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Changing exe hex values

Is it possible to change the hex values of an EXE like you would with a hex editor?
I know it is possible in C to SEEK hex addresses, but I don't know if this is possbile in vb or not.
Once I've got to the right place by using a hex address, can I then change what ever the program has at that point?
For instance goto 00046D7A in a program and change the code from something like 753C6A006A00 to E93900000090? For instance.
Can you give me some code or some explanations please.
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billy_98_1
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billy_98_1
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1 Solution
 
mcriderCommented:
Yes, open the EXE in binary and then you can use the SEEK statement to go to a particular BYTE offset.

The SEEK statement uses decimal offsets instead of HEX beginning at 1

Using a hex dumping program like "Quick View Plus" lets say you identified the place you wanted to change the bytes at offset hex 000840...  

    Const PatchOffset = &H840
    Dim fNum As Long
    Dim FileName As String
     
    fNum = FreeFile
    FileName = "c:\windows\desktop\testfile.exe"
    Open FileName For Binary As #fNum
    Seek #fNum, PatchOffset + 1
    Put #fNum, , Chr$(&H59)
    Put #fNum, , Chr$(&H0)
    Put #fNum, , Chr$(&H45)
    Put #fNum, , Chr$(&H0)
    Put #fNum, , Chr$(&H50)
    Put #fNum, , Chr$(&H0)
    Put #fNum, , Chr$(&H21)
    Close fNum



Cheers!®©

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billy_98_1Author Commented:
So, I need to change my hex offset to a decimal. And any thing I want to change I have to change from a hex value to a decimal?
I'm guessing I can add up the hex values in my mind. So A1 would be 11+2 (just so to make sure)?
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mcriderCommented:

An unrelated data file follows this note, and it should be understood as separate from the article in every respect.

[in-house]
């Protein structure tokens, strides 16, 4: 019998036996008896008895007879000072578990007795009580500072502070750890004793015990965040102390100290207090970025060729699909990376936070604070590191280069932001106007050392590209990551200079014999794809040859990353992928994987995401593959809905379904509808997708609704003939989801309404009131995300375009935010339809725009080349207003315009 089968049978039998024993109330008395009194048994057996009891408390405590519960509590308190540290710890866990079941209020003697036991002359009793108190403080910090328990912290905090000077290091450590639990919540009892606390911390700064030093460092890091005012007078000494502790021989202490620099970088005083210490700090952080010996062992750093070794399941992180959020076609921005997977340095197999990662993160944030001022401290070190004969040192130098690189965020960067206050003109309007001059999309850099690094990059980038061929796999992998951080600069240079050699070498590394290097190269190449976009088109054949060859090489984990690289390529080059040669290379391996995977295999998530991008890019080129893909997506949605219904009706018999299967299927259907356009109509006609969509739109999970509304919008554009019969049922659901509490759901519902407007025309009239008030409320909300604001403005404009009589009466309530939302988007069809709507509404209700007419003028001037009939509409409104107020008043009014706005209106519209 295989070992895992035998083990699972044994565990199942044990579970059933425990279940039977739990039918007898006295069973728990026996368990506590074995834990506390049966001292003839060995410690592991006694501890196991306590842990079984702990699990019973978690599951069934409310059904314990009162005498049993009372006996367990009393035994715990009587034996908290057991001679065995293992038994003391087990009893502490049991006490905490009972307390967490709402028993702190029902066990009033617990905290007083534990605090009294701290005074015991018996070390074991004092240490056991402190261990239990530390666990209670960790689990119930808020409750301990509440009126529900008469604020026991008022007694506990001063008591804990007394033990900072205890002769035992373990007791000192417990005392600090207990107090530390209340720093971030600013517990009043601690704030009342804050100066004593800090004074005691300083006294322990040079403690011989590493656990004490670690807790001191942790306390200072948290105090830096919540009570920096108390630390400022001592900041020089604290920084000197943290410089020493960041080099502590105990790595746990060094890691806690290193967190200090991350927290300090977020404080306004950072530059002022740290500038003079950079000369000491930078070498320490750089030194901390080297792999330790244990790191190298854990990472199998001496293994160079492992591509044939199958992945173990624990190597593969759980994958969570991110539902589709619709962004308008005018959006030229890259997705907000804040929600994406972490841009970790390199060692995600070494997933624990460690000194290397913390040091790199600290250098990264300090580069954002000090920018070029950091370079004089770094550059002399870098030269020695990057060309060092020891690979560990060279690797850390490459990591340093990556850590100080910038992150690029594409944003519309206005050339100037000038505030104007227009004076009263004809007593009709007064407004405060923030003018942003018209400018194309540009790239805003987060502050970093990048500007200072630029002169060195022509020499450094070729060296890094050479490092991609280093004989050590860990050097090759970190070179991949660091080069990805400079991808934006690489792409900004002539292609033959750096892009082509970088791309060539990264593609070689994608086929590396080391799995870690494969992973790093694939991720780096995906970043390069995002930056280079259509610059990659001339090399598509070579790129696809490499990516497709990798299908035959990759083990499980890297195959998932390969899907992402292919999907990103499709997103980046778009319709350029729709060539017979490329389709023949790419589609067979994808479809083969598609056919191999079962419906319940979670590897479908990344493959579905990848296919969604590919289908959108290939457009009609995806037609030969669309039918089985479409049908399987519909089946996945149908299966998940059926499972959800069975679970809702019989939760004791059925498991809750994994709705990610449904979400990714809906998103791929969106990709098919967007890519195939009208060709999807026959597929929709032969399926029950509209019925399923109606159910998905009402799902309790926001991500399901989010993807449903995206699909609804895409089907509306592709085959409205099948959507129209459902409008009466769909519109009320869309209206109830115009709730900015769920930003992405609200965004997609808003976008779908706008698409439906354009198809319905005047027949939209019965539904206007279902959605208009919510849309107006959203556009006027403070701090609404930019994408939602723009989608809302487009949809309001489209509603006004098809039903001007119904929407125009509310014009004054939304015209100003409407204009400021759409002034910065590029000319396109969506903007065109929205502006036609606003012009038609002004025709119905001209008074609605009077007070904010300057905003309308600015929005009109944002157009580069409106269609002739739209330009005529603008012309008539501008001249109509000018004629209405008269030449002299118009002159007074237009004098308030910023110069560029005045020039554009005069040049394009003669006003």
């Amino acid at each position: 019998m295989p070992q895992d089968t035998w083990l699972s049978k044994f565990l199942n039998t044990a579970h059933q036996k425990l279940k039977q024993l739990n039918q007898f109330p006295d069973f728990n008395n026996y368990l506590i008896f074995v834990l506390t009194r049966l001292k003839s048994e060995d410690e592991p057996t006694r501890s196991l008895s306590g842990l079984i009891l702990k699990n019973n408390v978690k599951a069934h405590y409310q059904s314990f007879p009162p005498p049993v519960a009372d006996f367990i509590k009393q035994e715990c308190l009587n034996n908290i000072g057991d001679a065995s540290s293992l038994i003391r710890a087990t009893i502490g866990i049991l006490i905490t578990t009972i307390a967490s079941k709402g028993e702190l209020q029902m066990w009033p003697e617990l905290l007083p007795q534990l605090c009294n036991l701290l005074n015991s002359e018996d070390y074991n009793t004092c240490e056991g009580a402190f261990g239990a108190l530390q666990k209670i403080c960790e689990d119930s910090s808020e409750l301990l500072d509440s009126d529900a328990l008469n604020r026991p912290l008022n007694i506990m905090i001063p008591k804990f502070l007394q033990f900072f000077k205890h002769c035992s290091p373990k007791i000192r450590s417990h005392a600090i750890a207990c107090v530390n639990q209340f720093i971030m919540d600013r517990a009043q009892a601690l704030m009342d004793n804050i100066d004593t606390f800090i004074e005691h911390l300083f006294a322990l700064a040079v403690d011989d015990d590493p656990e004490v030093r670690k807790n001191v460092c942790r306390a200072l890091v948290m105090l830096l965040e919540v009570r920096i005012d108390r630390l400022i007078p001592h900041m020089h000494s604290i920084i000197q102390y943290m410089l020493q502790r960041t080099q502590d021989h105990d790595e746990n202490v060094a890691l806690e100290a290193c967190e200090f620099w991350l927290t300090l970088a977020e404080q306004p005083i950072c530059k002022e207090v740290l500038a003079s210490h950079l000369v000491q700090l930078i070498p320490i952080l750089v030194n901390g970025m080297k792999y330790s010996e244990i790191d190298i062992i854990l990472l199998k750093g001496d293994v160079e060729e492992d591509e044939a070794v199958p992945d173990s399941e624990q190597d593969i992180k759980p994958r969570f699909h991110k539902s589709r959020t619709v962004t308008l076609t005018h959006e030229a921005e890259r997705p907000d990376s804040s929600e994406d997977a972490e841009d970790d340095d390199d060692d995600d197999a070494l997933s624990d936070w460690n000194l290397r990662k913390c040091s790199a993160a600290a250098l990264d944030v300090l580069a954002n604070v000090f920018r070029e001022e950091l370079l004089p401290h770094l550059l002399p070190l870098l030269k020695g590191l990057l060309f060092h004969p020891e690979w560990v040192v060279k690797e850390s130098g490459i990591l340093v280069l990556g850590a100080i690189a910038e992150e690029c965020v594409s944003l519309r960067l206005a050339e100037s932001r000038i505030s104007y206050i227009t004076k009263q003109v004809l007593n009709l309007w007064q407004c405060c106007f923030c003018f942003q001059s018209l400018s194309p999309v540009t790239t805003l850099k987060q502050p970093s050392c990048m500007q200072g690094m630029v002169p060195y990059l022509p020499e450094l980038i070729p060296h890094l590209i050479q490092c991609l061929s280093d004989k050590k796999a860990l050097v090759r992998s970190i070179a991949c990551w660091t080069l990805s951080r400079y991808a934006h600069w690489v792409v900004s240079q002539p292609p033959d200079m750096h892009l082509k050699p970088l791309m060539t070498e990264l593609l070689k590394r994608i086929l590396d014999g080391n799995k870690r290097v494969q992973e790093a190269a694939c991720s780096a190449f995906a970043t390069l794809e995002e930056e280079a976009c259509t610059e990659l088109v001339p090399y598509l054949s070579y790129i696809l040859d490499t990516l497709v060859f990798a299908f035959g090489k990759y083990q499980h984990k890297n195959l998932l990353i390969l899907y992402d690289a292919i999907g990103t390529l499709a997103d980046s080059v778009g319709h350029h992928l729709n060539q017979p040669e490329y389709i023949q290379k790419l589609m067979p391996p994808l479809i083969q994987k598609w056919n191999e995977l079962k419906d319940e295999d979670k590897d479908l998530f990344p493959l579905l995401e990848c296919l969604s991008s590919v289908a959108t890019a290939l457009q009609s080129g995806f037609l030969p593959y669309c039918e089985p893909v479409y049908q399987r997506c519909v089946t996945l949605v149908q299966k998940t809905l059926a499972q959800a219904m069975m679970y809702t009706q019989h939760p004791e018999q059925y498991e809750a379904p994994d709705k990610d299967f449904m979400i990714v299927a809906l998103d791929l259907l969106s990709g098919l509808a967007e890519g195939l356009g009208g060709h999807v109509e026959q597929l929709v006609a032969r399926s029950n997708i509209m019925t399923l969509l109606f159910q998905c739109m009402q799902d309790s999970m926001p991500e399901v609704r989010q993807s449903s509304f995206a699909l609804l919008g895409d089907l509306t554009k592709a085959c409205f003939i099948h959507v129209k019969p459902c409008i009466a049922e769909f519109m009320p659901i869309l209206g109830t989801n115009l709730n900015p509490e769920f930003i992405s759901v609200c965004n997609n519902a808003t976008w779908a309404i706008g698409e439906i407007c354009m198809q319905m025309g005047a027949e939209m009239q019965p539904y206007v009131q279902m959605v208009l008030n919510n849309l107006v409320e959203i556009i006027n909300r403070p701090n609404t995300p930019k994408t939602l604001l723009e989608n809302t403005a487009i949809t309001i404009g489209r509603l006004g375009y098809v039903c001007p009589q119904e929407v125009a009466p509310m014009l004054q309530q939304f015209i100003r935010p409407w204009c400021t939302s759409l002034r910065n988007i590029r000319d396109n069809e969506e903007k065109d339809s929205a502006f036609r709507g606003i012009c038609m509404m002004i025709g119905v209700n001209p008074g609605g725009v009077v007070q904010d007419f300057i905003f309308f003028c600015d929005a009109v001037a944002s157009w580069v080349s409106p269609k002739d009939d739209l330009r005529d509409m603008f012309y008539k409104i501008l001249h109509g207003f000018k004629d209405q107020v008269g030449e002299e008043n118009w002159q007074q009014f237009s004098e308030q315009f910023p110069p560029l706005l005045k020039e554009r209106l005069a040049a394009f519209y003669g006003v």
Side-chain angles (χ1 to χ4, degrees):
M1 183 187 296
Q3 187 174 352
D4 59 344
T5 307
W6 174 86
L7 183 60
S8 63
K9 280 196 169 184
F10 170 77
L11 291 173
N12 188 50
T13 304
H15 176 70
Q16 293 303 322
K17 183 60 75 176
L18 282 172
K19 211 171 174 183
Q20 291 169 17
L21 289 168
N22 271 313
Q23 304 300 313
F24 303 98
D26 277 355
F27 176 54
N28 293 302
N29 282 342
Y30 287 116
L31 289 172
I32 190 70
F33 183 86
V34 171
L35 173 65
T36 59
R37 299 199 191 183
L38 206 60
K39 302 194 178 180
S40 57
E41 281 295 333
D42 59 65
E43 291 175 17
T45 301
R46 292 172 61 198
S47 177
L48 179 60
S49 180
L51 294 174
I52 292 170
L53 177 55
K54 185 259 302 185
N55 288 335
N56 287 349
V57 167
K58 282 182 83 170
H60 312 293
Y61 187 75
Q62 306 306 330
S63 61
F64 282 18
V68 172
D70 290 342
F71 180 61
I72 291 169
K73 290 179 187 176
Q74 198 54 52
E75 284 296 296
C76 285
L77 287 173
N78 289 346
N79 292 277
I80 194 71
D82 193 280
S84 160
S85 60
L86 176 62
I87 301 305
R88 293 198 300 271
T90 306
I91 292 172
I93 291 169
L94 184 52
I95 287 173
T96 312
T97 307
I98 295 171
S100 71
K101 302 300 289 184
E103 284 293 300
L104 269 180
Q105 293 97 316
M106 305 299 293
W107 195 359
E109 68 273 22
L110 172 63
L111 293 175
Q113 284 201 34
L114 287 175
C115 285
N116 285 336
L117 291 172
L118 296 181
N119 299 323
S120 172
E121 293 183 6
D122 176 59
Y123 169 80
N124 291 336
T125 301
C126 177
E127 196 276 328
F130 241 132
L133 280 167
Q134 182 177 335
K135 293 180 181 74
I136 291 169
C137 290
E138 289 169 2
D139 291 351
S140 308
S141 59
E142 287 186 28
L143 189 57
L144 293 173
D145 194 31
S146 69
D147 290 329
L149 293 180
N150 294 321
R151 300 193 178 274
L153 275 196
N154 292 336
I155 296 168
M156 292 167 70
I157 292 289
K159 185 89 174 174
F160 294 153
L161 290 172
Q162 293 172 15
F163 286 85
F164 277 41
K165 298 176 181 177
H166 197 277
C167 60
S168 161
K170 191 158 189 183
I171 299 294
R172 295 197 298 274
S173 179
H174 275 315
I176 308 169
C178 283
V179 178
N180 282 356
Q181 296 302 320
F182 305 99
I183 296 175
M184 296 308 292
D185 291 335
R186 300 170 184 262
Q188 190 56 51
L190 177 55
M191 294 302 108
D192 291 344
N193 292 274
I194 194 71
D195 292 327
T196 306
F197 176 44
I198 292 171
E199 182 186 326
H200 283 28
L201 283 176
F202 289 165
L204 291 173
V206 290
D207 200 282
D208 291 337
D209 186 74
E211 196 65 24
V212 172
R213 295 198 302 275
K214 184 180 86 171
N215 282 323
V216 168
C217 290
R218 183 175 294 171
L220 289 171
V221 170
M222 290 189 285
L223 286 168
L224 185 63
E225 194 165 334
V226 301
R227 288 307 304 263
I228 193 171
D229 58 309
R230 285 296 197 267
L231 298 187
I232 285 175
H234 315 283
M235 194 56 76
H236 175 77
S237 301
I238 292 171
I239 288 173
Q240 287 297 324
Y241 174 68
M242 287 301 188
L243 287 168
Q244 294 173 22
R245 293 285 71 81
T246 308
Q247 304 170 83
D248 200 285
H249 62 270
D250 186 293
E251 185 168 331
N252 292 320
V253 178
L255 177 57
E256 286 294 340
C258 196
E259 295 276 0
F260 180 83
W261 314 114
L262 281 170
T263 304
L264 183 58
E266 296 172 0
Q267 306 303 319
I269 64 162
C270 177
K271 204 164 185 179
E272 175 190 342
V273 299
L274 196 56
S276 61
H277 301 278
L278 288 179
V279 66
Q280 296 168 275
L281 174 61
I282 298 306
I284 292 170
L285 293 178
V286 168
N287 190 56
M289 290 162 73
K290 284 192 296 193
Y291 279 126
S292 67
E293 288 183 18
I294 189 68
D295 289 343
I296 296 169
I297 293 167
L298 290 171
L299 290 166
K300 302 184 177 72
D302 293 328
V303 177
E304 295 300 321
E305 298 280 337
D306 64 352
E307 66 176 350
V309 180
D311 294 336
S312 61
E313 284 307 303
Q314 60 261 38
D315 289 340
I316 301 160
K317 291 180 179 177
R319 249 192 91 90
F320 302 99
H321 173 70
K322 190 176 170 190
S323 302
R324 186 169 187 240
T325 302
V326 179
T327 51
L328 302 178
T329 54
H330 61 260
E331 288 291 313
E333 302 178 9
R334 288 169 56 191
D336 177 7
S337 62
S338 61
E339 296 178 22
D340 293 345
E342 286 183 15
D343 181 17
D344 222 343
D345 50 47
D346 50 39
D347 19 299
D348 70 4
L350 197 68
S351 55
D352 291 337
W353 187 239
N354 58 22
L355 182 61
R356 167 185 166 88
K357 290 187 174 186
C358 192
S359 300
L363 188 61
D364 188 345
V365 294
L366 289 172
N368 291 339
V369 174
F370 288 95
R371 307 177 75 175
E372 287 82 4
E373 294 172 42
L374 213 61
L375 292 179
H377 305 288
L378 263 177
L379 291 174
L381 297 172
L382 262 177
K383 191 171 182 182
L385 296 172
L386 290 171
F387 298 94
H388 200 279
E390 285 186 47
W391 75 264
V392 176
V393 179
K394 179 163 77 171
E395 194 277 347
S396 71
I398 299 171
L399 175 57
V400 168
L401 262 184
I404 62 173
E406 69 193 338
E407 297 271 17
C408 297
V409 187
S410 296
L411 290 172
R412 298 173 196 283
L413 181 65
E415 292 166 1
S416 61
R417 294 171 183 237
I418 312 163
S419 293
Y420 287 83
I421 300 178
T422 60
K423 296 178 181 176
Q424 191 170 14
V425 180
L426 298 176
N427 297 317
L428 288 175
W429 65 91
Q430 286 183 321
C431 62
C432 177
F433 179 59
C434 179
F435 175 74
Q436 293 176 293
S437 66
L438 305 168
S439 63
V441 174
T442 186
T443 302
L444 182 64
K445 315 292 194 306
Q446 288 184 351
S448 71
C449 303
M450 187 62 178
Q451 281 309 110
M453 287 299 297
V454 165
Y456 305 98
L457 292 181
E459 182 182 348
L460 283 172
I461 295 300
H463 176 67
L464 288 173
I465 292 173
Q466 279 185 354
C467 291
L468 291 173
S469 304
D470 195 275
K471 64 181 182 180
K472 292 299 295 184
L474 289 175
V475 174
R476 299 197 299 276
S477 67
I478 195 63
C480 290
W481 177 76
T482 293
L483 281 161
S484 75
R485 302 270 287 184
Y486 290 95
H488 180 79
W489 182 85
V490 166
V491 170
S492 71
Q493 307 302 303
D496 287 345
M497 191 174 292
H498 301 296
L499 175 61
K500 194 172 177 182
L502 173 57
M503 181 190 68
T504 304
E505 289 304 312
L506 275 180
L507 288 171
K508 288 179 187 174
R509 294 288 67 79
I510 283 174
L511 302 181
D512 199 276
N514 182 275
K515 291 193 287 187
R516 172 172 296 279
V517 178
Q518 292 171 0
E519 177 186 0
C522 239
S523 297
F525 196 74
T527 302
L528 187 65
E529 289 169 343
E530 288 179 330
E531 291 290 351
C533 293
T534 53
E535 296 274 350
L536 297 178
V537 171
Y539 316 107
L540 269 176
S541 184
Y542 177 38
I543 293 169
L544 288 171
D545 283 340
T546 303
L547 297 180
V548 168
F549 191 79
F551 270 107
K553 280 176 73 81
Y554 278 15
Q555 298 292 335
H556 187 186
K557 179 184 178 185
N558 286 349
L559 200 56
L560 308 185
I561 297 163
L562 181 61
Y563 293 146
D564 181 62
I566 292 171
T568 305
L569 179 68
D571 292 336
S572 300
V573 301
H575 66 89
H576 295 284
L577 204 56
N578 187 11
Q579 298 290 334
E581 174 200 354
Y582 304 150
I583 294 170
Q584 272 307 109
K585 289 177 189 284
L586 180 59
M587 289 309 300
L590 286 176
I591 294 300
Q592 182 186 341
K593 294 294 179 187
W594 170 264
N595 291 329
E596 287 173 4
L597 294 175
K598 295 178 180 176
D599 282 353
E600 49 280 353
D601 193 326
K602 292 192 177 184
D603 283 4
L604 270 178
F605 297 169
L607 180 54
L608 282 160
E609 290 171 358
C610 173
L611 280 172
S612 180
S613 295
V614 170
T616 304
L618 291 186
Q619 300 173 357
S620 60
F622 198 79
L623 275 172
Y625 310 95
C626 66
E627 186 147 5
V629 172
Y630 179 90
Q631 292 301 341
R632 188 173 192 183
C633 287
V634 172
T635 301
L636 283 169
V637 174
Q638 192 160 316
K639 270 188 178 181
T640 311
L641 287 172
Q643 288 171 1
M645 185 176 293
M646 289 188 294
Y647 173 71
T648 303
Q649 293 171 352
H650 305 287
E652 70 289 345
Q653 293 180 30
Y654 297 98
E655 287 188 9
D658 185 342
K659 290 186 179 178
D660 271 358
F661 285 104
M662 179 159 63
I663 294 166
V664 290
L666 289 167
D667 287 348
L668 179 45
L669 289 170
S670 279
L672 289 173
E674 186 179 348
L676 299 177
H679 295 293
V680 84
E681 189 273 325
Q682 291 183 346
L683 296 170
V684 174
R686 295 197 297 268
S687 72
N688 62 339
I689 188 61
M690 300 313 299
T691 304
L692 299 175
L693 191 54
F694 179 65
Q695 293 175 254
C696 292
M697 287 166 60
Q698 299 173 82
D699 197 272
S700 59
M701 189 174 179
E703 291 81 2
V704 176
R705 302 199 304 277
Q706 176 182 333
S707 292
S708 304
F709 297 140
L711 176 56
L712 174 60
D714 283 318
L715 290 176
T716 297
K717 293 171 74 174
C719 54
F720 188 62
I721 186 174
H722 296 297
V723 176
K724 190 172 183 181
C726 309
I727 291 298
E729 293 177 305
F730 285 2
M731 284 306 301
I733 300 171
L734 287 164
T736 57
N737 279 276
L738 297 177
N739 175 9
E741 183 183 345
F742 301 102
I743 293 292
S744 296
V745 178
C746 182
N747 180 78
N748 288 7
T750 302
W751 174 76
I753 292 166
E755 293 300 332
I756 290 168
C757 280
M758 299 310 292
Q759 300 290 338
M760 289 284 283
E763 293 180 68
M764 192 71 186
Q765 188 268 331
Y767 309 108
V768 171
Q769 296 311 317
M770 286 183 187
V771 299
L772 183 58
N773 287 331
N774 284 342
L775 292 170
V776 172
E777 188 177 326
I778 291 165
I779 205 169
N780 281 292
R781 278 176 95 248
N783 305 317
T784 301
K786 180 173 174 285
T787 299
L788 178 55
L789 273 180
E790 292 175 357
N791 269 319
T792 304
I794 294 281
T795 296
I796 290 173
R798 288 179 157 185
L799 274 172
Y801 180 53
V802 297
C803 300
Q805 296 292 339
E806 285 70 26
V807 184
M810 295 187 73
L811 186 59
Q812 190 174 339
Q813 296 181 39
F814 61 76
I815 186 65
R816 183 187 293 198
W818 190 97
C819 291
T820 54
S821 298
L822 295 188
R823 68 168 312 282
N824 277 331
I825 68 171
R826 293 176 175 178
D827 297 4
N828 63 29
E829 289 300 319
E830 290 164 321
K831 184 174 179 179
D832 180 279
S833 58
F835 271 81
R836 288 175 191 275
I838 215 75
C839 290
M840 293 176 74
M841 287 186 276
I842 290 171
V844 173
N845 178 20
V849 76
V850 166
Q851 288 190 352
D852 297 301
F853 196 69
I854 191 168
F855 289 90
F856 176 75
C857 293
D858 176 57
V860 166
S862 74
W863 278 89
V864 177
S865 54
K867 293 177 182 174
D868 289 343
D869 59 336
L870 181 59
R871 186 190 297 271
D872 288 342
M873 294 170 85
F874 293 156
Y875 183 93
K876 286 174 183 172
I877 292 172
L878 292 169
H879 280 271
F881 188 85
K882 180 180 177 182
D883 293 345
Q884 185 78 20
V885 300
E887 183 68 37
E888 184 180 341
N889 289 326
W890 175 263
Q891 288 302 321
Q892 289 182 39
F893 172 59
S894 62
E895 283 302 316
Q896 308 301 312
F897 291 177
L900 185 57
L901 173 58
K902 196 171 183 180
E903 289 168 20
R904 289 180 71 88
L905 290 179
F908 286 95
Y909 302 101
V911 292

>>So, I need to change my hex offset to a decimal.

You need to change it to decimal+1... Remember, SEEK starts at 1, not 0


>>And any thing I want to change I have to change from a hex value to a decimal?

If for example, you wanted to write the letter "A" which is x41 at a particular byte offset, you would do chr$(65)

Make Sense??


Cheers!®©

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mcriderCommented:
By the way, you see in the code example above that I am writing the CHR$ like this:

    Put #fNum, , Chr$(&H59)

Chr$(&H59) is the same as using Chr$(89)...

Both give you a "Y". &H59 gets converted automatically to a decimal value...



Cheers!®©
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billy_98_1Author Commented:
Where did x41 come from? I'm guessing 65 is the ascii value for 'A'?
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mcriderCommented:
the x41 was just an example of an A... for example if you hex dumped a file and saw:

         41 6C 6C 65 6E 00

in ascii that would be "Allen"+Chr$(0)

Try this in the debug window... Type:

   ?chr$(&h41)

You will get an "A" to appear... Type:

   ?chr$(65)

And you will also get an "A" to appear...


Hopefully this question will get graded with a chr$(&h41) or a chr$(65) or an "A"... 'cause they're all the same...

;-)


Cheers!®©



   
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billy_98_1Author Commented:
That's brilliant thanks. You've cleared up a lot for me. This was definitely a chr$(&h41) grade answer.

Thanks again.
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mcriderCommented:
Thanks for the &h41! Glad I could help!


Cheers!®©
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